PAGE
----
Across the disciplines, academics are rethinking what it means to share their work, to contribute to a changing intellectual and writerly environment, and to continue to produce and publish as public intellectuals, scholars, activists, and teachers. Creative research methods and dissemination have the capacity to engage non-academic publics, appealing to them on affective, narrative, intellectual, or activist registers.
At a time of social and technological change with respect to how information functions and circulates, many scholars are asking: “who are we trying to reach, why, and how?”
The Toronto Humanities at Large Workshop is a free 5-day online workshop that will take place May 17-21, 2021. It will be offered online with a morning meeting and time for writing in the afternoons. Each workshop requires full-day commitments, for the full length of the workshop.
Applications open in January. Preference is given to mid-level (Associate) professors and/or who have published a previous book (academic or creative). An ideal candidates would be a scholar who has a clear sense of their project and has done significant research, but who is in the early stages of writing. The workshop is not primarily intended for those who are hoping to adapt an existing academic manuscript.
Eva-Lynn Jagoe is an Associate Professor of Comparative Literature and Spanish. She is the author of Take Her, She’s Yours, a forthcoming nonfiction memoir, and teaches courses on critical and creative nonfiction. She has been co-organizer of this workshop, as well as of Banff Research in Culture. Gretchen Bakke is a professional editor and writer with extensive experience writing for both academic and non-academic readership. Author of The Grid: The Fraying Wires between Americans and our Energy Future (a 2016 Bill Gates pick) Bakke is currently a Visiting Professor of Anthropology at Humboldt University in Berlin.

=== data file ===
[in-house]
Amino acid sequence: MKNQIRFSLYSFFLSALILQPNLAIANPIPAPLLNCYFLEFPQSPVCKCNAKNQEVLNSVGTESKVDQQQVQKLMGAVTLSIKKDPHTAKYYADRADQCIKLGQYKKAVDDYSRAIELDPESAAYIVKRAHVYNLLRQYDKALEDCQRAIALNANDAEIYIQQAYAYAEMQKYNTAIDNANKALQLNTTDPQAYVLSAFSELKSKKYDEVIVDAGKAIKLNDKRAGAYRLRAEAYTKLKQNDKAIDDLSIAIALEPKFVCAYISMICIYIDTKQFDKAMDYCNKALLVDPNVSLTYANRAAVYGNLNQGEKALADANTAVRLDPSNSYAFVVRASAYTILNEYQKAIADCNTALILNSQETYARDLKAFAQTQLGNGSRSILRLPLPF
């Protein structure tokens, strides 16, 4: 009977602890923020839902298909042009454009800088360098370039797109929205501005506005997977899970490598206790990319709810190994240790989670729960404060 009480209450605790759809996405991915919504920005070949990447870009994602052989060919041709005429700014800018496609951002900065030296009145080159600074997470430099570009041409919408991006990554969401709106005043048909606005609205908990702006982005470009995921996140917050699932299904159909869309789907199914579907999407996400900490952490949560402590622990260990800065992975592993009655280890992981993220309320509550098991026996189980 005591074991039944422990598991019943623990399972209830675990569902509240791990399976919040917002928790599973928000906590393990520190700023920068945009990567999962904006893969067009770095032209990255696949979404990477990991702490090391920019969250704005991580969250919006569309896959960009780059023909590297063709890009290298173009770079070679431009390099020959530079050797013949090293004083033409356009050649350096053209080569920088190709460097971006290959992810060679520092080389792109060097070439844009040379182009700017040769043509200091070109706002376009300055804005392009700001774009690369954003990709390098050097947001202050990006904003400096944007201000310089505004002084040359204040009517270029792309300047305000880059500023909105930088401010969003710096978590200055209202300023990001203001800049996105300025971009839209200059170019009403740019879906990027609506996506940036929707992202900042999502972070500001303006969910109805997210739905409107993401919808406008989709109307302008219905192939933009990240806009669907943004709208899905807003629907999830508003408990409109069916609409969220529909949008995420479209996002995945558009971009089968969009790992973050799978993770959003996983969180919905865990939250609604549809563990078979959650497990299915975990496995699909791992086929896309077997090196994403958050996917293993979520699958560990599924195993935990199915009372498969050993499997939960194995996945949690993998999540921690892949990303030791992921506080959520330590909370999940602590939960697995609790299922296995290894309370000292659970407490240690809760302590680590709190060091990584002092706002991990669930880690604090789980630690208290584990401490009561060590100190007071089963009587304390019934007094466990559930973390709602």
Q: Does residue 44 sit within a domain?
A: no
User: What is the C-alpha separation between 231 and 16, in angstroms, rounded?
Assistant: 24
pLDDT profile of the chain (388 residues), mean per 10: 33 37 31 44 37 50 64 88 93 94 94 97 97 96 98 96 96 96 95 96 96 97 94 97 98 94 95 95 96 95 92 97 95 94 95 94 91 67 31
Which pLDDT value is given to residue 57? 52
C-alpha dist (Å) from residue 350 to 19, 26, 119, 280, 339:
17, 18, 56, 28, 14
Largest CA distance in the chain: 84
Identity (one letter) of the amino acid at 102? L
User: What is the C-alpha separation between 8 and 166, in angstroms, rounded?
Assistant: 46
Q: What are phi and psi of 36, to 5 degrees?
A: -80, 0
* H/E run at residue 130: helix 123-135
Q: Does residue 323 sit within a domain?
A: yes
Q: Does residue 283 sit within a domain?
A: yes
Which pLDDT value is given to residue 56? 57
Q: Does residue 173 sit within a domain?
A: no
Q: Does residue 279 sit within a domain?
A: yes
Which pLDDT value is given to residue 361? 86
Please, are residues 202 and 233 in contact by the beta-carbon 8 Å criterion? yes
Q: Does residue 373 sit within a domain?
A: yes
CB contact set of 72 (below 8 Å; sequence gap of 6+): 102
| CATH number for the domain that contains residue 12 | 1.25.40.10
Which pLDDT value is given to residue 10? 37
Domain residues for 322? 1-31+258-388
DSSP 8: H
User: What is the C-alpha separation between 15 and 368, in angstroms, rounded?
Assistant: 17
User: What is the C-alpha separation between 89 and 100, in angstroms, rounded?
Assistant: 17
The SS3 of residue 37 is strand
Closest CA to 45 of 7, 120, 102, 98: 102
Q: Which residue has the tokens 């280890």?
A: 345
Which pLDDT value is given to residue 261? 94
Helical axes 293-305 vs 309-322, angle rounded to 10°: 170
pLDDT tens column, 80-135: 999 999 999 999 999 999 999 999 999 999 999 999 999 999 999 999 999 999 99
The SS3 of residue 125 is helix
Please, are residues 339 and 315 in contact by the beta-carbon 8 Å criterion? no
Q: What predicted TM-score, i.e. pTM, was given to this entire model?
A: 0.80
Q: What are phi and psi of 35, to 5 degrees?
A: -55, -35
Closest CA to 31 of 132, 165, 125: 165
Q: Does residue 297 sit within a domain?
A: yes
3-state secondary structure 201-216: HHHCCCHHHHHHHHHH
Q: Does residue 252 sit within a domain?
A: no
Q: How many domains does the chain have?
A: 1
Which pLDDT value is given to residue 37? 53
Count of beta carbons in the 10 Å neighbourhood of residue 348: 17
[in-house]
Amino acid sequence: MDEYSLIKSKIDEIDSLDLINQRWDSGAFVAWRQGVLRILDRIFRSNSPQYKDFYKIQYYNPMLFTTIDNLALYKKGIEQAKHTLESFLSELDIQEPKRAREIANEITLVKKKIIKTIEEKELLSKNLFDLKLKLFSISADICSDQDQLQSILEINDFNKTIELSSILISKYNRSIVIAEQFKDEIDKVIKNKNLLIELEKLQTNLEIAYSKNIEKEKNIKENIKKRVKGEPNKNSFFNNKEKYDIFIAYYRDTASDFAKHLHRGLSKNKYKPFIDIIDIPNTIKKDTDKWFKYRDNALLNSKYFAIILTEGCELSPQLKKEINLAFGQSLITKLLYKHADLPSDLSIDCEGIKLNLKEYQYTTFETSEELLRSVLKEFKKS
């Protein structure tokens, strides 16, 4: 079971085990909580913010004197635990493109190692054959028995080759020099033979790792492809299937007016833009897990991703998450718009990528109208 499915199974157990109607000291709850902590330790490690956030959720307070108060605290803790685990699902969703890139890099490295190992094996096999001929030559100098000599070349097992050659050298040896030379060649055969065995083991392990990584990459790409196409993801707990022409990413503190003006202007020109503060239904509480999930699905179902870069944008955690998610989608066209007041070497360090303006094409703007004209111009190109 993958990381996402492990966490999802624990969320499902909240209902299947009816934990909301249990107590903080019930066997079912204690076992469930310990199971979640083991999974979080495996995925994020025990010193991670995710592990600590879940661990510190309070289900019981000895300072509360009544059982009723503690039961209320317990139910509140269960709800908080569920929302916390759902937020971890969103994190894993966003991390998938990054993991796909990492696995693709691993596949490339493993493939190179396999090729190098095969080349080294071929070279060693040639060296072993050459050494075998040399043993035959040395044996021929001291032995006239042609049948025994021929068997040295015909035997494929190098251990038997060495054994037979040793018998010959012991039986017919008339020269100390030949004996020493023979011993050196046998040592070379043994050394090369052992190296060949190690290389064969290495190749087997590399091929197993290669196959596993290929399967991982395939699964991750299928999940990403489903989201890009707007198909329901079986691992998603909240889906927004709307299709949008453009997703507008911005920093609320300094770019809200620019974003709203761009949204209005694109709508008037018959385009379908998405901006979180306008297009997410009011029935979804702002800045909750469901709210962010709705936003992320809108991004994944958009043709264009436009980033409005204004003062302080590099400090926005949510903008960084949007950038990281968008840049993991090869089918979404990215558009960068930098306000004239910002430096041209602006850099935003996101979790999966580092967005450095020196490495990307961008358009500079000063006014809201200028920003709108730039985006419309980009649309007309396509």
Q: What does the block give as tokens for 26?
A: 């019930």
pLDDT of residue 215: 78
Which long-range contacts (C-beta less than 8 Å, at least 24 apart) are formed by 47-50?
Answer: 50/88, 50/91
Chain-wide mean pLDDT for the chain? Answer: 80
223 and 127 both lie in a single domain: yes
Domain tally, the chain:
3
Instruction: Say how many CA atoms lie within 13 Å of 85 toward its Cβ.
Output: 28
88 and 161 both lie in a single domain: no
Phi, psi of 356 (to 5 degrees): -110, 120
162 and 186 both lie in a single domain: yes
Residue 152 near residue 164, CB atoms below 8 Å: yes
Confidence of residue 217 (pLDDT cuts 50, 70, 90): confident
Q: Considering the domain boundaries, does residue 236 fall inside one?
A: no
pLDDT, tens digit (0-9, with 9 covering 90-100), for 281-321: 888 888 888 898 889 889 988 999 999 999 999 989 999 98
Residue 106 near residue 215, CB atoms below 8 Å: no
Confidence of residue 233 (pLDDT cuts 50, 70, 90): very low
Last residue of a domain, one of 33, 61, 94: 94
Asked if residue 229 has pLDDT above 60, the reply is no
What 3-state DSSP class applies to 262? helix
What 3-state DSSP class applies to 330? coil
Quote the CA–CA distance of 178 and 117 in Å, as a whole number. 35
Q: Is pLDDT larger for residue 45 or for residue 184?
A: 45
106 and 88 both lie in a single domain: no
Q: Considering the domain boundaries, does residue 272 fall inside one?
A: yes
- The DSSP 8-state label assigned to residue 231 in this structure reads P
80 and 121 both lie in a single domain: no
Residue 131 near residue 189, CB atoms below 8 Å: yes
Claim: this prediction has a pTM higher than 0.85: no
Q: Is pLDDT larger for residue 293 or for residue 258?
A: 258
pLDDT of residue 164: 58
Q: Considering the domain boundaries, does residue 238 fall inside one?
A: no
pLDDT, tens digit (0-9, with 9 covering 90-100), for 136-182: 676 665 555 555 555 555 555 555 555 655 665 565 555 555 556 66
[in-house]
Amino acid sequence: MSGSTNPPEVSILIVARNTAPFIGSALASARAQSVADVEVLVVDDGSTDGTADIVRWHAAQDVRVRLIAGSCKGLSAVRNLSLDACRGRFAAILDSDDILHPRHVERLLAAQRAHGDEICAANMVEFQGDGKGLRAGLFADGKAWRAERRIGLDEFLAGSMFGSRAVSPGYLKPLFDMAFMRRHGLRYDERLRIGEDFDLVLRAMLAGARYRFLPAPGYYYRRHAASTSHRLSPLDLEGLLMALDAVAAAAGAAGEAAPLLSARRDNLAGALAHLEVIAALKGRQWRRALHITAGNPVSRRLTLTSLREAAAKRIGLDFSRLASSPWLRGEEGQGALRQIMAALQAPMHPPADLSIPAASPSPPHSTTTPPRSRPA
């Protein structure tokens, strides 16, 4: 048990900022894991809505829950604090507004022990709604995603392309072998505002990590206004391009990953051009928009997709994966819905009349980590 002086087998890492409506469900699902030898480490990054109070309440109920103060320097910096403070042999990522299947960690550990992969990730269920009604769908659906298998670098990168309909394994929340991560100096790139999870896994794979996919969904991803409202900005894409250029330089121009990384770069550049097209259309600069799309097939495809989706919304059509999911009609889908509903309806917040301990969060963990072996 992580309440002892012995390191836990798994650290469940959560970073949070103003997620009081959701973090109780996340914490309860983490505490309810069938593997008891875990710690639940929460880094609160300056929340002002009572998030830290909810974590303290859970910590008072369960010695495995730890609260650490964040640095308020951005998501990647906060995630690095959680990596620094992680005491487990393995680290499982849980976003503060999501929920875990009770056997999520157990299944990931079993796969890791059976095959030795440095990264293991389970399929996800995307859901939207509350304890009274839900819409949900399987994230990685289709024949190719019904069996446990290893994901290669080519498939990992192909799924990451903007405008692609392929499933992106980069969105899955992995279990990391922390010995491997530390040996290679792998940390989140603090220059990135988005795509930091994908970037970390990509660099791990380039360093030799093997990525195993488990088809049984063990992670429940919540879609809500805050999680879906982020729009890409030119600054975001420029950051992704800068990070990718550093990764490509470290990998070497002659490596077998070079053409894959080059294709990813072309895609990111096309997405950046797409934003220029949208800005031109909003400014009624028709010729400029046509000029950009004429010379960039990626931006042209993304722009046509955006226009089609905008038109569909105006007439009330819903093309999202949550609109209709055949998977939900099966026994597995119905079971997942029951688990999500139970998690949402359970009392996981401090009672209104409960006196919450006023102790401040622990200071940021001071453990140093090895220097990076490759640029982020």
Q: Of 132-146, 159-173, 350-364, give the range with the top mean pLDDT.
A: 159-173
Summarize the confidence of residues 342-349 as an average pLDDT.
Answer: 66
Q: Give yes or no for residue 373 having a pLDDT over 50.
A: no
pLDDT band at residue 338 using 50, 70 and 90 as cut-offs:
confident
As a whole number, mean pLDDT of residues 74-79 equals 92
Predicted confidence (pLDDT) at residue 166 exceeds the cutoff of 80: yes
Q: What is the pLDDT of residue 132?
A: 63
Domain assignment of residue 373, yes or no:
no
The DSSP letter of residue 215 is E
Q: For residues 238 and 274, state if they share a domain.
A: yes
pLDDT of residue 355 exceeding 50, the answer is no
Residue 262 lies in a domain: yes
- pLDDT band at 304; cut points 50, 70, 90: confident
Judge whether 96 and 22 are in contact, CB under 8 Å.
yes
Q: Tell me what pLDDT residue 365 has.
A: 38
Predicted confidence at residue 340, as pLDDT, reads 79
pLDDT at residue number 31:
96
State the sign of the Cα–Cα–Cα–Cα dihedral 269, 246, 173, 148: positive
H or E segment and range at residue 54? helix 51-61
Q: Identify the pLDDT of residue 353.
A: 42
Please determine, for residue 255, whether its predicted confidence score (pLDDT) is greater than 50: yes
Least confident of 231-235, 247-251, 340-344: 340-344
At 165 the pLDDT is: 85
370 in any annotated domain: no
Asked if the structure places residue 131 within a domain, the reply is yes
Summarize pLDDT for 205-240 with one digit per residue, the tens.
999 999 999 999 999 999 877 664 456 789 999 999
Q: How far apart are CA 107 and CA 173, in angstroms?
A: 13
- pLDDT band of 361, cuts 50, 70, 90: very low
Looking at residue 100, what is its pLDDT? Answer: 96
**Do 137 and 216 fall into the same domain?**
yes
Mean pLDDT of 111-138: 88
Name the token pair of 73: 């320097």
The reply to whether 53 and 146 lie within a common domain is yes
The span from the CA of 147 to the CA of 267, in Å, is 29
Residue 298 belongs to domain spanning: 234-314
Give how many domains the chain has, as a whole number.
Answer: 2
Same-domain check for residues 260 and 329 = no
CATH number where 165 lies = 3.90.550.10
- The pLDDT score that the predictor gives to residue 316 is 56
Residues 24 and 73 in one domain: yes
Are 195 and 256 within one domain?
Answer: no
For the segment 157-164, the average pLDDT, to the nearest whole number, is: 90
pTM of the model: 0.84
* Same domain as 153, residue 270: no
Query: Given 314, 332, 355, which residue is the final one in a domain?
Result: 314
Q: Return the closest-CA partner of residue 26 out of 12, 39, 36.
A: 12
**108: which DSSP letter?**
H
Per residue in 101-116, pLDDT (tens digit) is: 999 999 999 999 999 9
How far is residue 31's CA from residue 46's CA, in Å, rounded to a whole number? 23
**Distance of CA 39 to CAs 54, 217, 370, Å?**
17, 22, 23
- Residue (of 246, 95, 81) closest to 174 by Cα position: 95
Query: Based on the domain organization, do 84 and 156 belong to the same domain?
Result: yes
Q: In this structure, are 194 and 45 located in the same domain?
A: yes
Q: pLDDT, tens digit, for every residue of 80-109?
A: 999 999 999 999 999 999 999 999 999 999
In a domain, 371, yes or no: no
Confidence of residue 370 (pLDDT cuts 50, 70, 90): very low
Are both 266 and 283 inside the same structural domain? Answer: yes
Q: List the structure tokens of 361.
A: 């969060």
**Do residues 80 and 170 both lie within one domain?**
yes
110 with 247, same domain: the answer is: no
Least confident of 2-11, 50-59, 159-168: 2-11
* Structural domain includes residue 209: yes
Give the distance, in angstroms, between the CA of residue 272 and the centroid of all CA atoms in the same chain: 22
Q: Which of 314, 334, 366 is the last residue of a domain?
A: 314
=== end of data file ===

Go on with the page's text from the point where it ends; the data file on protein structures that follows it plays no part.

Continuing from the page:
“I got more excited about writing that I have been in quite a while and it really expanded how I am thinking about the goals I have and the craft I want to develop.” “This workshop was the best thing I did all year! [...] Nothing we did was not productive.” [The workshop] "exceeded my expectations because I am leaving excited to write and work on this new project." “I really felt that I learnt so much in such a short amount of time. I have completely changed the way I think about writing and hope that I’m going to put some of the strategies into practice. My allergy to academic writing has become even more pronounced.” “This workshop is a fine example of JHI’s mandate to ‘enable humanities research to reach outside the university walls and engage with the wider public.’ By supporting 15 scholars in their efforts of public engagement not only do you increase the chances of our individual projects reaching the wider public but also we will be bringing our learning back to our home departments and universities so that we can spread the learning to others. THANK YOU!” “It was transformative and eye-opening.”
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